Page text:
Parish Council Supports First Responders
Dear Mr Catling and Mr Marsh
Withdrawal of Drugs from Community First Responder Portfolio
Abbots Bromley Parish Council is greatly disturbed by the recent announcement of the withdrawal of a number of key drugs from the Community First Responder (CFR) portfolio. The Council seeks reassurance from you both, as the current and future controllers of policy and operations, that this dilution in the quality of service to our community will be swiftly overcome and the previous levels of capability will be re-instated and maintained.
Abbots Bromley is a rural parish that can be anything through 15mins up to half an hour between a ‘999’ call and the arrival of an ambulance. We were therefore immensely impressed by the CFR proposition. Supported by the Council, two of the Councillors worked with the community and the Staffordshire Ambulance Service (SAS), leading to the successful implementation of the Abbot Bromley CFR group in February 2005.
Since its inception the Abbots Bromley CFR group has provided 24/7 cover for virtually every day and has attended over 600 calls across a wide range of situations. It is now respected and implicitly relied on by our community.
The withdrawal of key drugs is self-evidently a major reduction in the quality of service and, we believe, an un-necessary one. In our understanding Responders are trained in drug administration to the same level as ambulance technicians by the same trainers. Therefore this cannot be an issue of training or competence.
We are deeply concerned by the apparent lack of swift, positive retrieval action to this issue. We understand that there seems to be more effort being spent in defending why the drugs were withdrawn than in developing solutions for their re-instatement. Given this situation we are most uneasy that this implies potential long term issues for the CFR group that supports our community.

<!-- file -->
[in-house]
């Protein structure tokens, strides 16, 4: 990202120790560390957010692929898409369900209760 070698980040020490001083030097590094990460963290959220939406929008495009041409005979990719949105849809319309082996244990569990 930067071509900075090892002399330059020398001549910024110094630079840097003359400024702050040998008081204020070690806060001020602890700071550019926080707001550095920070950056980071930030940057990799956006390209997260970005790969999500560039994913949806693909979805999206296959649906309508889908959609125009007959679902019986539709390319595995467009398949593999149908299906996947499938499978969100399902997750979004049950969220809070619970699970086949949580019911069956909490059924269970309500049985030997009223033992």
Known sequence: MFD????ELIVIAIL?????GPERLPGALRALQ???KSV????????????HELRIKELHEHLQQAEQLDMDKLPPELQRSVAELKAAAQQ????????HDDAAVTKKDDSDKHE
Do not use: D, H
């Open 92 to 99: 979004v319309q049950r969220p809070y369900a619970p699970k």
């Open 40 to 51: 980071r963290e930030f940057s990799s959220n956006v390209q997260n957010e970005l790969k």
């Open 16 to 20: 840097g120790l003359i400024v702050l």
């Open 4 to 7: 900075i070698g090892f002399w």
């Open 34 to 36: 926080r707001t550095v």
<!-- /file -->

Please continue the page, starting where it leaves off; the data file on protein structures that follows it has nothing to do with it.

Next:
Abbots Bromley Parish Council is therefore seeking re-assurance
1. from the current management (Staffordshire Ambulance Service) that the problem is being urgently and positively addressed
2. from the prospective management (West Midlands Ambulance Service) that the CFR support that is crucial to the response time and patient care in our rural community will be maintained at or above the original Staffordshire Ambulance Service levels and capabilities.
Keep Your Post Office
In a letter to Parish Councils, the Countryside Alliance urges local communities to recgnise the importance of the services that are provided by their Post Office. They write:
“As you will know, rural services are the lifeblood of rural communities, especially in the more remote areas of the country. This is borne out by research which has shown that 91% of people feel that Post Offices play an important role in their communities. Facts like this are particularly poignant when set against the bleak reality of our times: seven out of 10 villages in England no longer have a shop; rural Britain has lost over a quarter of bank branches since 1995 and 20 traditional pubs are closing every month across Britain.
So when the Government announced in February its decision not to renew the Post Office Card Account (POCA) beyond 2010 and failed to make a decision on the subsidy given to rural Post Offices, it became clear that these threats to the future of rural Post Offices have the potential to devastate the communities they serve.
The Government needs to understand that the real value of a Post Office cannot be measured simply by turnover, and it must recognise that the benefit to the community goes far beyond the ‘doorstep’ of the Post Office.
If you feel the same as we do about your local Post Office then please help us to help save them. We have been asking our members to write urgently to Jim Fitzpatrick MP, the minister responsible for Post Offices, to let him know what their local Post Offices mean to them and what the loss would mean to their communities. If Mr Fitzpatrick’s postbag tells him how communities feel he will hopefully recognise the importance of this issue, and if every community in the countryside is displaying cards saying ‘love the Post Office, love the countryside’, the message will be clearer still.”